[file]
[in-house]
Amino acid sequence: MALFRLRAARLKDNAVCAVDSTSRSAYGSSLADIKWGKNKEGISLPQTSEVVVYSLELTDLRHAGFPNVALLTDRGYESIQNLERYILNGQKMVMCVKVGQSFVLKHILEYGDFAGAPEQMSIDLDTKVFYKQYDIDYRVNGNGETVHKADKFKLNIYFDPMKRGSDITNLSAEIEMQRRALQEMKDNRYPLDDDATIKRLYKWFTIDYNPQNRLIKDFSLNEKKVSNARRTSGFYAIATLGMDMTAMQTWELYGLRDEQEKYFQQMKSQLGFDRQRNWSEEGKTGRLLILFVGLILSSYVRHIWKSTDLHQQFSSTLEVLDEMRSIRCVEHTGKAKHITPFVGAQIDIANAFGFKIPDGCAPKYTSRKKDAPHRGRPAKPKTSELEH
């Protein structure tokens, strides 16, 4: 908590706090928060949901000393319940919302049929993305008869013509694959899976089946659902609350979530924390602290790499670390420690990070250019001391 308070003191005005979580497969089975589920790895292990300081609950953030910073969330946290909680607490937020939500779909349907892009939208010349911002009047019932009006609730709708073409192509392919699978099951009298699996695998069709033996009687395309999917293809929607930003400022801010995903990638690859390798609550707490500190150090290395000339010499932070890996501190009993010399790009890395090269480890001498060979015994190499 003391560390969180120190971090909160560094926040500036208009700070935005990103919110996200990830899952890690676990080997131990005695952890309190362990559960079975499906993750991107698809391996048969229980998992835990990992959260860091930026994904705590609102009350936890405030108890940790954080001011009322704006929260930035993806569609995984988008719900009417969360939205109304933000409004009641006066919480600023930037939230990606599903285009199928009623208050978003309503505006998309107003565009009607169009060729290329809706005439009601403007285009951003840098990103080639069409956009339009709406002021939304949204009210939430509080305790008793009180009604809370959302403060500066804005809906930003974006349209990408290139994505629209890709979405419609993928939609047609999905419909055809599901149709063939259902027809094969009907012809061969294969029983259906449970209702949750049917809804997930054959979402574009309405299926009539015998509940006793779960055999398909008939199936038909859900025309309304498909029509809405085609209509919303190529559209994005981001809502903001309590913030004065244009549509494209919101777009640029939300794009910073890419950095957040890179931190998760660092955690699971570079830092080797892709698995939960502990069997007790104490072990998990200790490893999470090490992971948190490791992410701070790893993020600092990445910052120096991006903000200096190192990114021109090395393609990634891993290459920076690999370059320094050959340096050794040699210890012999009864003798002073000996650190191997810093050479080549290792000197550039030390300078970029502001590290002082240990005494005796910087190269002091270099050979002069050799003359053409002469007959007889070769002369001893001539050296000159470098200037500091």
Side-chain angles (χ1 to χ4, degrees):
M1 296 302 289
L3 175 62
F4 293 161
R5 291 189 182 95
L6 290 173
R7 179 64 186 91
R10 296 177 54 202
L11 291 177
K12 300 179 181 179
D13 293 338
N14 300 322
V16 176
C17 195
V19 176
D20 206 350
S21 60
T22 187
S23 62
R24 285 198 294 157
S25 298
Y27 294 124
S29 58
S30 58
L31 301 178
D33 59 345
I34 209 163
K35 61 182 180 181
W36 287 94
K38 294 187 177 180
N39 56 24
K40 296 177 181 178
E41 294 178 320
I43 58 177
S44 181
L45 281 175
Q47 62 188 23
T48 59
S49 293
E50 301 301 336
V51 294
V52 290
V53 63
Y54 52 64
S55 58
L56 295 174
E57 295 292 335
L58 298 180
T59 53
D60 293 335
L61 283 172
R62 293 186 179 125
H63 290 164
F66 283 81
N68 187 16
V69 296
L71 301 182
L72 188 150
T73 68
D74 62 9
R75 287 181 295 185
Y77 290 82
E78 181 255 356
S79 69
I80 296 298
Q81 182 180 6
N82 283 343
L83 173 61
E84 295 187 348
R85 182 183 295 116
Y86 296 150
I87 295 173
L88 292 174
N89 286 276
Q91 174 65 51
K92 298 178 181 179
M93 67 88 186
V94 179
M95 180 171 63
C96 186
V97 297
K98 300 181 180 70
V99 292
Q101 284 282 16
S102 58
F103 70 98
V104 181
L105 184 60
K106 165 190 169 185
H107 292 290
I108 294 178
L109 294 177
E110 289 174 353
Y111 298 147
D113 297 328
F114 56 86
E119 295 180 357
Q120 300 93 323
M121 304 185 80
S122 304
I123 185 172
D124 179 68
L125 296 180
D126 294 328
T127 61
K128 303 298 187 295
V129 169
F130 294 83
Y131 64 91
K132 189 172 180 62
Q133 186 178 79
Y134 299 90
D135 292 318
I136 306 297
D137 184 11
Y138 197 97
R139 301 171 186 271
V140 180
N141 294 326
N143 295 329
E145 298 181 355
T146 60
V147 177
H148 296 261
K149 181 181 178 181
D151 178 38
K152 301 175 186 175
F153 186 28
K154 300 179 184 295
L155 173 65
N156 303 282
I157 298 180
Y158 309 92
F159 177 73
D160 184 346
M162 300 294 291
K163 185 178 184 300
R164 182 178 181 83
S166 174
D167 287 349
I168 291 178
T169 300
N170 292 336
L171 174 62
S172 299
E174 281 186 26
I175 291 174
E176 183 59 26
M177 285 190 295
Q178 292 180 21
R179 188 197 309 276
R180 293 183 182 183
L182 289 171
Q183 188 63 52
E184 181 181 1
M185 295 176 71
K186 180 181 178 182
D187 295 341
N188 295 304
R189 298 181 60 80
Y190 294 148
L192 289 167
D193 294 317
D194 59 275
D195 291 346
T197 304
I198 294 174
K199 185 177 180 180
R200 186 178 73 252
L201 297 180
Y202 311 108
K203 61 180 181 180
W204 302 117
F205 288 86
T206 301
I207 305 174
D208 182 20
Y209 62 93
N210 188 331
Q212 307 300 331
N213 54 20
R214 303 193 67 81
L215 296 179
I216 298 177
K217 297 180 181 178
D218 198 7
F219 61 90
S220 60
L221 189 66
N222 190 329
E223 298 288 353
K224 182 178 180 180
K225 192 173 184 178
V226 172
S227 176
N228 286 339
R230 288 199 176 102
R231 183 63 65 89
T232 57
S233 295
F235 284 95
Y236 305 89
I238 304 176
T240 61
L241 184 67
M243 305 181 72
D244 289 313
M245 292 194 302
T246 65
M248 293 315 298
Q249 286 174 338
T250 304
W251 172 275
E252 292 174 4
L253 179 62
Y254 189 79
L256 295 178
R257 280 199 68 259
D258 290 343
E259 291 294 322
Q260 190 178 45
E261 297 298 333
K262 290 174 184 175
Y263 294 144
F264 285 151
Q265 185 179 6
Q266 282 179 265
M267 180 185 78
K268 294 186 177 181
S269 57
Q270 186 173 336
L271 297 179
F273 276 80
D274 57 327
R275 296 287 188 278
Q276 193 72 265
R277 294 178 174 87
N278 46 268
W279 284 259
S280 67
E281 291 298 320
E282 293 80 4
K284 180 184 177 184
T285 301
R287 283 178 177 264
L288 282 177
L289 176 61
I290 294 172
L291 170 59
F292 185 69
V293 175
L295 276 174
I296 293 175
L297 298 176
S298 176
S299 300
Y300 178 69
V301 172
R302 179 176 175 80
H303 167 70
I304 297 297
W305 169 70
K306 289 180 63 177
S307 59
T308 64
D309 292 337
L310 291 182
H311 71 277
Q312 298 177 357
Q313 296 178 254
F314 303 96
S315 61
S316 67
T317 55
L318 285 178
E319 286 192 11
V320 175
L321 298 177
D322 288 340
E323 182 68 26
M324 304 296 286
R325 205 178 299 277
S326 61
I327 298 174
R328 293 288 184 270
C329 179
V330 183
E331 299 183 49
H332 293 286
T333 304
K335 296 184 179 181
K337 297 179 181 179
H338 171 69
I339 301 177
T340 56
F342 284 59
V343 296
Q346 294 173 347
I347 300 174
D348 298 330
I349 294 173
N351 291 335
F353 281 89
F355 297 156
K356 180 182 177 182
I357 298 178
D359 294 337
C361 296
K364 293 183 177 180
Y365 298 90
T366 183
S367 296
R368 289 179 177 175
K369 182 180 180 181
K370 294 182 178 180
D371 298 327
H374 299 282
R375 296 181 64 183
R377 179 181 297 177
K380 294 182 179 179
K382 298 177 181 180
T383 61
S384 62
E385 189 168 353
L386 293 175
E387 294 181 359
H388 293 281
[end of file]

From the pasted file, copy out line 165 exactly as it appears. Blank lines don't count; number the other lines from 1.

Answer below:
L192 289 167